Initiating an Alabama criminal conviction appeal can sometimes seem like a long-shot. It may very well be. That doesn’t mean it isn’t worth pursuing.
Just as is the case in so many criminal trials, it’s often a legal technicality where these cases can be won.
Both Alabama and federal laws hold the actions and procedures of criminal prosecutors, police officers, judges and defense lawyers to a very high standard. If there is evidence that any one of those players deviated even slightly from these standards, there may be a fair shot at winning an appeal and having your conviction overturned. That said, the hurdle for a successful appeal is quite high and often hinges on a matter of law.
A recent case out of the Alabama Criminal Court of Appeals focused on the health issues of a judge presiding over a homicide case.
In 2007, the defendant’s 20-year-old daughter was murdered along Alabama Highway 165. The mother is accused of hiring a hit man to fatally shoot her daughter, an alleged drug abuser, because she had allegedly become an emotional and financial burden on the family.
(An appeal from the alleged gunman is pending, as he now says his confession and guilty plea was coerced by police officers who beat him.)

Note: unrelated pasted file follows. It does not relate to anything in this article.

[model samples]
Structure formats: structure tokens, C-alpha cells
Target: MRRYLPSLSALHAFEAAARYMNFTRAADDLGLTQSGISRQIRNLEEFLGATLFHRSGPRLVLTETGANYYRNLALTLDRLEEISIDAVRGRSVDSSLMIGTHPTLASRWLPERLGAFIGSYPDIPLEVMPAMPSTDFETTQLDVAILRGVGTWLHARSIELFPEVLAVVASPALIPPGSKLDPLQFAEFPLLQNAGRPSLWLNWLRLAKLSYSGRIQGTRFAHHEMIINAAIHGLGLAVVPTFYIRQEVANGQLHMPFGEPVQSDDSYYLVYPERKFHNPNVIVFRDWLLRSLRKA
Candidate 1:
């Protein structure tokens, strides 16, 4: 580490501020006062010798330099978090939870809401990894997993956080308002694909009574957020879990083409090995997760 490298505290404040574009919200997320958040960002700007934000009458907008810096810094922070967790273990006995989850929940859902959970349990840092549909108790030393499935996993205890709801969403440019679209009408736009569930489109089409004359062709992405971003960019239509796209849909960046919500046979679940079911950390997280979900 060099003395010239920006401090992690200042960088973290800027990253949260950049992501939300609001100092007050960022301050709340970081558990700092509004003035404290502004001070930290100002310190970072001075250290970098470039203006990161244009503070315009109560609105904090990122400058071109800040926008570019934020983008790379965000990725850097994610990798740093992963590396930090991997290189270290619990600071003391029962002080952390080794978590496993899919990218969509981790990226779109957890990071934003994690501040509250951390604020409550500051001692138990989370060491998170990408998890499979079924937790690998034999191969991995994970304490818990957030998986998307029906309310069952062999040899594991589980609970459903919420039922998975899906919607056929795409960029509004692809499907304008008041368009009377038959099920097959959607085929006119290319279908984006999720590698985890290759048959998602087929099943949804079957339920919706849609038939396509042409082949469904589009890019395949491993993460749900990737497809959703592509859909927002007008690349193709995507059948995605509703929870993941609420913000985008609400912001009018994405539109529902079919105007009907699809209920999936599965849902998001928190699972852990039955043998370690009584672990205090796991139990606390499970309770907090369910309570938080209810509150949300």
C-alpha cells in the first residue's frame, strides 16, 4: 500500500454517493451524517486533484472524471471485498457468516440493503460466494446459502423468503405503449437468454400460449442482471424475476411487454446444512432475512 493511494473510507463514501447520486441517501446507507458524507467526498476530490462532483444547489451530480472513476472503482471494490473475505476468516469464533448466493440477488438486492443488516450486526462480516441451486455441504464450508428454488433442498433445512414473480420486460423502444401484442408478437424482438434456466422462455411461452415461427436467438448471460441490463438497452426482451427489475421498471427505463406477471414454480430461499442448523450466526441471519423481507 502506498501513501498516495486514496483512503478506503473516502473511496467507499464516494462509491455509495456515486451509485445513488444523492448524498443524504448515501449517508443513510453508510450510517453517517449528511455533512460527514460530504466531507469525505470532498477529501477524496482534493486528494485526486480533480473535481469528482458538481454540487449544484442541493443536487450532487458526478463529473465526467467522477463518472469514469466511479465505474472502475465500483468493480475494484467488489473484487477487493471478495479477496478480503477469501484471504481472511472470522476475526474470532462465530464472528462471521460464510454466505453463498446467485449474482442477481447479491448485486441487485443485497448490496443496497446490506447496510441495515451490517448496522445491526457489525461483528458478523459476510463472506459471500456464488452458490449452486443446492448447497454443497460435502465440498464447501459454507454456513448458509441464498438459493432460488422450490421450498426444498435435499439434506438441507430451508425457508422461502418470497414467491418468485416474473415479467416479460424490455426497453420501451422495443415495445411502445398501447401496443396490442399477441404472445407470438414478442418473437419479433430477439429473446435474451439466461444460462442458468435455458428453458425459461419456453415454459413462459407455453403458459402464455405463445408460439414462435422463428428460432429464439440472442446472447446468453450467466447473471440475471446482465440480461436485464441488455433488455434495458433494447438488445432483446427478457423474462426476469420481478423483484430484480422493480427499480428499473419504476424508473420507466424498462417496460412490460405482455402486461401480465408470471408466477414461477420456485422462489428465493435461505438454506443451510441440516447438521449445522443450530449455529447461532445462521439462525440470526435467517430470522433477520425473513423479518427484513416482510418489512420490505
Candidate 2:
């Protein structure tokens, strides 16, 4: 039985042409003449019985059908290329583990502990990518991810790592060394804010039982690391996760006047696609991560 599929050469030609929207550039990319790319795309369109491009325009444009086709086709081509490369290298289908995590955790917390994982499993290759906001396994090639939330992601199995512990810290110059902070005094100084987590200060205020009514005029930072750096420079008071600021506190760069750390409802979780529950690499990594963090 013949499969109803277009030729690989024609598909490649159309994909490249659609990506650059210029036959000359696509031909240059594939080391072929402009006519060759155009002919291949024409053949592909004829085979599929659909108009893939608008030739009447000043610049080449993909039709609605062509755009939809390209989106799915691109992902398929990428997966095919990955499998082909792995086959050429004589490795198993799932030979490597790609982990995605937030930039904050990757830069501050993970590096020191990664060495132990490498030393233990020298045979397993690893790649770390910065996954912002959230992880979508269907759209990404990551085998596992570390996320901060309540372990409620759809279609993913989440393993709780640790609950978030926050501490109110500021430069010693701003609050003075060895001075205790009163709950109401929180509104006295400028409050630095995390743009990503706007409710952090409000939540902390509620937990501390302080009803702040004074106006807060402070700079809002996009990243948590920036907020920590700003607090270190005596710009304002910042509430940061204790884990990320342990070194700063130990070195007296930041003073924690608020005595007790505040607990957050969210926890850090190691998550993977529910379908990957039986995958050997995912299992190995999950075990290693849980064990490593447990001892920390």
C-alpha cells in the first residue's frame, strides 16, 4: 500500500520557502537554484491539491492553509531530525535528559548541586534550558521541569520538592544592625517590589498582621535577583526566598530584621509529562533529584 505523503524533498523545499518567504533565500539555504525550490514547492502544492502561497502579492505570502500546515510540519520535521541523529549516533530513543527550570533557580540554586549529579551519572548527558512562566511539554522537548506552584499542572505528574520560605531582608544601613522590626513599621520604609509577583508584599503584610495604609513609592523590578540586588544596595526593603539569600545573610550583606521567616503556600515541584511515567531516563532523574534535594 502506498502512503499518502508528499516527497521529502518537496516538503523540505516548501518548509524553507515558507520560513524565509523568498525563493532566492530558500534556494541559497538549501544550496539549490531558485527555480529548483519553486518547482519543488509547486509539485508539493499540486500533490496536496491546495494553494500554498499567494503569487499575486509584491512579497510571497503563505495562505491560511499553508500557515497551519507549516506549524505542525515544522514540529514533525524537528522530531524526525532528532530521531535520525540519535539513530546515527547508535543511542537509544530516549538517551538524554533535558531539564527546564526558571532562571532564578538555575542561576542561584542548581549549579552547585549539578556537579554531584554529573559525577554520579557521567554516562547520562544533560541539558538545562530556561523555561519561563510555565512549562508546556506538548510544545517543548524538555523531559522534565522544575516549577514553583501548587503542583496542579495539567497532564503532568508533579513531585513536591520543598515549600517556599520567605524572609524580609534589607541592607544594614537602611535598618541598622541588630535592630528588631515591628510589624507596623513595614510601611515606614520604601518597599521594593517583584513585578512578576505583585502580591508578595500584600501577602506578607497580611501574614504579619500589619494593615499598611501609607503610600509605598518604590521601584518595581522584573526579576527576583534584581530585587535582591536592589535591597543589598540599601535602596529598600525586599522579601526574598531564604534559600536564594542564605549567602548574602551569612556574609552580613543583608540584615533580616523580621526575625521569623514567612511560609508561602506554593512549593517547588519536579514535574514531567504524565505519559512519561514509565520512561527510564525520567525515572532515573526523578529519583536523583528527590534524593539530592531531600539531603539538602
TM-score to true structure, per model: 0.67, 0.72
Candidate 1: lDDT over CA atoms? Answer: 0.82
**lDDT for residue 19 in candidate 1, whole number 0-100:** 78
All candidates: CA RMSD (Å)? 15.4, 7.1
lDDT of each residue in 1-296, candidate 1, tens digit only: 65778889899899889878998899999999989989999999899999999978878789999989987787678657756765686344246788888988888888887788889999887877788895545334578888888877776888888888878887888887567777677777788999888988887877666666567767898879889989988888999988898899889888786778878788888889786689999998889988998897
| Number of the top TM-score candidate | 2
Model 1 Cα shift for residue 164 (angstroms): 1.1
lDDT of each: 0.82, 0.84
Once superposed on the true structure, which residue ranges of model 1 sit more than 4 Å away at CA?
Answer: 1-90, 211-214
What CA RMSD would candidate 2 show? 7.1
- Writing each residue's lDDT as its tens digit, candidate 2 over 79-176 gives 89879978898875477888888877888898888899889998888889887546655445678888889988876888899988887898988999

By the fall of 2012, a trial was underway. A jury was seated, witnesses had been called and things were moving along. Then one day, just before further testimony was set to be heard at 9 a.m., the judge abruptly declared a mistrial.
The circuit court judge had received a report that the presiding judge had been seen sleeping during trial.
The judge never confirmed whether this was true, but did say his health was failing. He had blurred vision in one eye, as well as high blood pressure, high cholesterol, diabetes and gout.
He had previously taken a medical leave from the bench, but doctors had given him the Ok to return. When the circuit judge questioned him about whether he felt 100 percent Ok, he responded, “I never do.”
Still, he thought his health was strong enough that he might be able to withstand a two-week capital murder trial. But midway through, he came to the conclusion that was not the case.
When prosecutors went to try the case again, however, defense lawyers had attempted to argue that it was double jeopardy. The defense lawyers said that because the presiding judge didn’t decide on his own (without the input of the circuit court judge) that his illnesses required a discontinuation of the trial, it raised the question of whether such a move was indeed a “manifest necessity.” If the move was not necessary, they argued, then retrying the defendant would essentially mean double jeopardy.
Ultimately, the appellate court rejected this argument, saying that the mistrial was not declared to protect the interests of any one individual, but rather of a need to protect the rights of all parties – including the immediate medical concerns of the presiding judge.
So it now appears the case will in fact be retried, though the defendant may still seek a re-hearing before the appeals court or could alternatively seek an audience before the Alabama Supreme Court.